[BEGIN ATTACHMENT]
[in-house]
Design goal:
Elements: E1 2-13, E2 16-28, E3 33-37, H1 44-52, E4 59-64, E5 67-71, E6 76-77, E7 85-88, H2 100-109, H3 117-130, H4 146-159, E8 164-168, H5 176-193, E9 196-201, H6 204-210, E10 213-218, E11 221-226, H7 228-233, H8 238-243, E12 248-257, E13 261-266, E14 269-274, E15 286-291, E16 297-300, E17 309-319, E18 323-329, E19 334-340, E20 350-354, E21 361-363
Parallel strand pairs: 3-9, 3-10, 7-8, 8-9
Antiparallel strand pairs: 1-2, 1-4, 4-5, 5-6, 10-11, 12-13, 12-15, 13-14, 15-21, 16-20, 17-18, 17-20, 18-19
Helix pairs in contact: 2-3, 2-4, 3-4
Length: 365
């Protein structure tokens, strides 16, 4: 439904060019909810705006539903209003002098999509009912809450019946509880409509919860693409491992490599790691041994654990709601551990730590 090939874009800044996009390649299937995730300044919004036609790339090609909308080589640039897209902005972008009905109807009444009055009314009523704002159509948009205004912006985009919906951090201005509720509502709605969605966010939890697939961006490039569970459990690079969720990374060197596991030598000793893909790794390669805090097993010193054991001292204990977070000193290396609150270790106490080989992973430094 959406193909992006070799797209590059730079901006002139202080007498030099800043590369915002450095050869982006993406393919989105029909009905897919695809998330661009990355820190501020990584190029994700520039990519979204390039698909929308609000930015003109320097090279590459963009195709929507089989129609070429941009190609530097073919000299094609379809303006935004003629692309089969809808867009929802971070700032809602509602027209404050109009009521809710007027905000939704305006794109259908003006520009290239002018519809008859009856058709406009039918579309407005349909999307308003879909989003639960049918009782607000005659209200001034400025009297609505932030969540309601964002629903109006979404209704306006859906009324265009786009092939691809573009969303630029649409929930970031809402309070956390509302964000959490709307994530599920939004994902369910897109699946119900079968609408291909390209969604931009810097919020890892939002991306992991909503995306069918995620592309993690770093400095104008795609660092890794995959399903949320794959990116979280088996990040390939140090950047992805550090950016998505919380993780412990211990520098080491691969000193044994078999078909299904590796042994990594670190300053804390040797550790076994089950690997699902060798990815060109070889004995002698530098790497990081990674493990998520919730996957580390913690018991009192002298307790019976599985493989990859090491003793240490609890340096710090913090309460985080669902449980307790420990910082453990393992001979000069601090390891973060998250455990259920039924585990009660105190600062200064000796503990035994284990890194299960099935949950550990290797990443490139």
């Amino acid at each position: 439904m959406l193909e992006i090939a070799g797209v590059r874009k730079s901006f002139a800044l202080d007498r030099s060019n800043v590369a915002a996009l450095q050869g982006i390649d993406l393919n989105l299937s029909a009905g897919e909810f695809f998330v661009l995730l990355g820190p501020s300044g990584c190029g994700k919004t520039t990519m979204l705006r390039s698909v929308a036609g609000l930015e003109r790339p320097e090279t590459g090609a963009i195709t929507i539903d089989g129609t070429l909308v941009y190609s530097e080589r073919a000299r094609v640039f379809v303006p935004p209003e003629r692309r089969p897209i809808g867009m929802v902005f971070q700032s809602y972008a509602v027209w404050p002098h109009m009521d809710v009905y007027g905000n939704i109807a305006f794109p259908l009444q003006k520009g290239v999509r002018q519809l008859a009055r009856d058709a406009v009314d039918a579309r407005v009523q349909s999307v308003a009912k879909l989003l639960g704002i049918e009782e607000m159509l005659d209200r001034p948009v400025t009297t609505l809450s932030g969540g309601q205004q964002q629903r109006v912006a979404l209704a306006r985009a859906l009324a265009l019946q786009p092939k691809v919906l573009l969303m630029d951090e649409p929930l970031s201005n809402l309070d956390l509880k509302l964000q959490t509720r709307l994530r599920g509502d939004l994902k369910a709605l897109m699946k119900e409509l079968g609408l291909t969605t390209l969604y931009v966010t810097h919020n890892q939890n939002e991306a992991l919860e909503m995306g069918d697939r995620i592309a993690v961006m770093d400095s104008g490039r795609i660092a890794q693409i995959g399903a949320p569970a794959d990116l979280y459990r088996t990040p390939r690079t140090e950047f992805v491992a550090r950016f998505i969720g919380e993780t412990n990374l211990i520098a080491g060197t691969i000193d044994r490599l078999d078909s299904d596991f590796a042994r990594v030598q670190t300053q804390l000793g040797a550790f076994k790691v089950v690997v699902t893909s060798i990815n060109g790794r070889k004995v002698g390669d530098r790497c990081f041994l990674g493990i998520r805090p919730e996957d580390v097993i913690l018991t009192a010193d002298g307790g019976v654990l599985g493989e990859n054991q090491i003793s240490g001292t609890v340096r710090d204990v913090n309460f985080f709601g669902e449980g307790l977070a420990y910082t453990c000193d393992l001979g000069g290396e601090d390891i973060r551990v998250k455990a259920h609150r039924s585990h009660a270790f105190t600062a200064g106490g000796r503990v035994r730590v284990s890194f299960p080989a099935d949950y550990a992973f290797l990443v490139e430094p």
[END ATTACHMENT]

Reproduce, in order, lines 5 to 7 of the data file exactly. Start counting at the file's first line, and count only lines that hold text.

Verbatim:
Antiparallel strand pairs: 1-2, 1-4, 4-5, 5-6, 10-11, 12-13, 12-15, 13-14, 15-21, 16-20, 17-18, 17-20, 18-19
Helix pairs in contact: 2-3, 2-4, 3-4
Length: 365